Houston Methodist. Leading Medicine

Shoulder FAQ


I've been doing some reading on-line about shoulder replacements for younger people (like me). I'm 55-years-old but my left shoulder looks like an 80-year-old's. I had a series of football injuries to that shoulder back in the day. Looks like it's catching up to me. The doc has already told me I'm too "young" for a shoulder replacement. So where does that leave me? Are there any other alternatives besides suffer and wait until I'm "old enough" for a new shoulder?


Like you, not everyone is a good candidate for a total shoulder replacement. But suffering for another 10 (or more) years while waiting to "qualify" for a new shoulder isn't an acceptable alternative either. Recently, surgeons from the Cleveland Shoulder Institute in Ohio offered their best advice about how to treat three groups of patients who might not be right for a shoulder replacement but need treatment just the same. In particular, young patients (younger than 60 years old) with osteoarthritis, adults with posttraumatic arthritis, and individuals with specific lesions (damage, defects) to the head of the humerus (upper arm bone) fall into this category. The biggest concerns are for how long the implant will last in someone who may live another 20 years (or more) and the increased likelihood of revision (second) surgery. The most common problem that develops in the younger age group is loosening of the implant. Your question is: if the traditional shoulder replacement won't work for you, then what else can be done? The Cleveland surgeons suggest there are two separate categories of potential treatment: types of arthroplasty (surgical repair of the joint) and nonarthroplasty (but still surgical) alternatives. Arthroplasty options include: shoulder resurfacing, using a short-stem humeral implant, and glenoid "reaming" without an implant (called ream and run). Humeral head resurfacing has been around for 25 years but the short-stem humeral implant is fairly new technology. "Ream and run" involves smoothing the glenoid (socket side) of the shoulder joint and restoring the round shape as much as possible. Nonarthroplasty treatment suggested included debridement with capsular release, microfracture, autologous chondrocyte implantation, and osteochondral allograft resurfacing. In the future, long-term results of these alternative approaches will aid shoulder surgeons in determining which technique is best for each patient. For now, evidence is limited but outcomes are promising. Here are a few more details about these alternative options to traditional shoulder replacement in young patients with osteoarthritis. The main advantage to shoulder resurfacing and a short-stem humeral component is that these techniques preserve (save) bone. Only the damaged portion of the shoulder is replaced (not the whole shoulder). Bone spurs (called osteophytes are shaved away. The normal anatomy can be restored with less bone removal. Bone preservation makes it possible to delay (but not prevent) total shoulder replacement if and when further surgery is needed. There is also a newer approach to resurfacing the shoulder joint and that's called biologic glenoid resurfacing. In this case, the socket side of the joint (rather than the head of the humerus) is resurfaced. This can be done with a variety of different soft tissues to smooth the joint surface. The technique is called interpositional arthroplasty and uses human skin matrix, human tendon graft from a donor, the patient's own connective tissue from the fascia lata along the outside of the thigh, or pig graft material. On the nonarthroplasty side of things, the focus has been on trying to repair the damaged cartilage. The goal is to provide relief from pain and improve function. This is done by removing torn, damaged, or loose pieces of joint cartilage and smoothing or filling remaining holes, lesions, or "defects." Microfracture aids in repairing the joint surface by causing bleeding into the joint. The body creates new fibrous cartilage in the area where tiny holes have been drilled through the joint surface into the bone marrow. Alternatively, the surgeon can use cartilage cells (either harvested from the patient or from a donor) to fill in and then smooth over defects. Using the patient's own chondrocytes (cartilage cells) is ideal because there's a greater chance for cells to survive the transplantation process. But patient grafts also come with potential for problems at the donor site. With the information provided here, you can talk with your surgeon about what's available and what might be your choices and options. Samuel Dubrow, and Reuben Gobezie, MD. Alternative Options to Traditional Shoulder Replacement: Arthritis in the Young Patient. In Current Orthopaedic Practice. July/August 2013. Vol. 24. No. 4. Pp. 370-375.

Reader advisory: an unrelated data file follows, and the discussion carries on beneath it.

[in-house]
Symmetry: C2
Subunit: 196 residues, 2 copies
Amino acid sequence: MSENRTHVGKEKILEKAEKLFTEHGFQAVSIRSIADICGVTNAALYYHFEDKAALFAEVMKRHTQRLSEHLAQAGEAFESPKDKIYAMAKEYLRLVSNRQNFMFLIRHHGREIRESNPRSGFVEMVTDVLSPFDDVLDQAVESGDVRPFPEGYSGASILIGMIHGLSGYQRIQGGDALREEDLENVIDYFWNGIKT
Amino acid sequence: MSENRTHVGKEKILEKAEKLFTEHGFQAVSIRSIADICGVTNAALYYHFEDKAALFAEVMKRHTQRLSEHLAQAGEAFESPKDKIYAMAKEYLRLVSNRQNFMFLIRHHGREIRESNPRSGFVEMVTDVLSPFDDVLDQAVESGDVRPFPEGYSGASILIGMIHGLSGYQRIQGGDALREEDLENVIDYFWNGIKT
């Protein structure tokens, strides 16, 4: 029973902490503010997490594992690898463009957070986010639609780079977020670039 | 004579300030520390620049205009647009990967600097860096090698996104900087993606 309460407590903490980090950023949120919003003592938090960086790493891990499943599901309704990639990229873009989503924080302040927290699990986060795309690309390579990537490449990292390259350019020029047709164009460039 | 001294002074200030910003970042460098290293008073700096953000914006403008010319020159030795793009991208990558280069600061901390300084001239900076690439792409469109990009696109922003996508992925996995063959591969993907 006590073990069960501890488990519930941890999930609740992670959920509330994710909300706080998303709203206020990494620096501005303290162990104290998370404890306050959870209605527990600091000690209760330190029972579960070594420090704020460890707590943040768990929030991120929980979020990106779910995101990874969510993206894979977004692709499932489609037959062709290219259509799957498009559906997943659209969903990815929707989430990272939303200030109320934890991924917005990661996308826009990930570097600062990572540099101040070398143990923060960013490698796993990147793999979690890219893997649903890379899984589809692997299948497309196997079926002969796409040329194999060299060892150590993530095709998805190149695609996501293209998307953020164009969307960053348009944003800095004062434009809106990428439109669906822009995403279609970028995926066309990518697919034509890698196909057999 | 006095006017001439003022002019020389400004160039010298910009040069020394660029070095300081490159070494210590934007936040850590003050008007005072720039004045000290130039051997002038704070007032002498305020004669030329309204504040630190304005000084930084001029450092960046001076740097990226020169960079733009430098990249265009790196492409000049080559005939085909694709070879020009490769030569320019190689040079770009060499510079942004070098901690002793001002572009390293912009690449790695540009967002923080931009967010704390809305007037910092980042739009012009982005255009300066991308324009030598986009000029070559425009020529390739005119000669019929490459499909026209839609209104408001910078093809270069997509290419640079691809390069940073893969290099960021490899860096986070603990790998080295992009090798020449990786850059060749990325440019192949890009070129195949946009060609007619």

*Disclaimer:* The information contained herein is compiled from a variety of sources. It may not be complete or timely. It does not cover all diseases, physical conditions, ailments or treatments. The information should NOT be used in place of visit with your healthcare provider, nor should you disregard the advice of your health care provider because of any information you read in this topic.
All content provided by eORTHOPOD® is a registered trademark of Medical Multimedia Group, L.L.C.. Content is the sole property of Medical Multimedia Group, LLC and used herein by permission.

Our Specialties

Where Does It Hurt?

Our Locations

  Follow Us

Follow us on Facebook Follow us on YouTube
Follow us on Twitter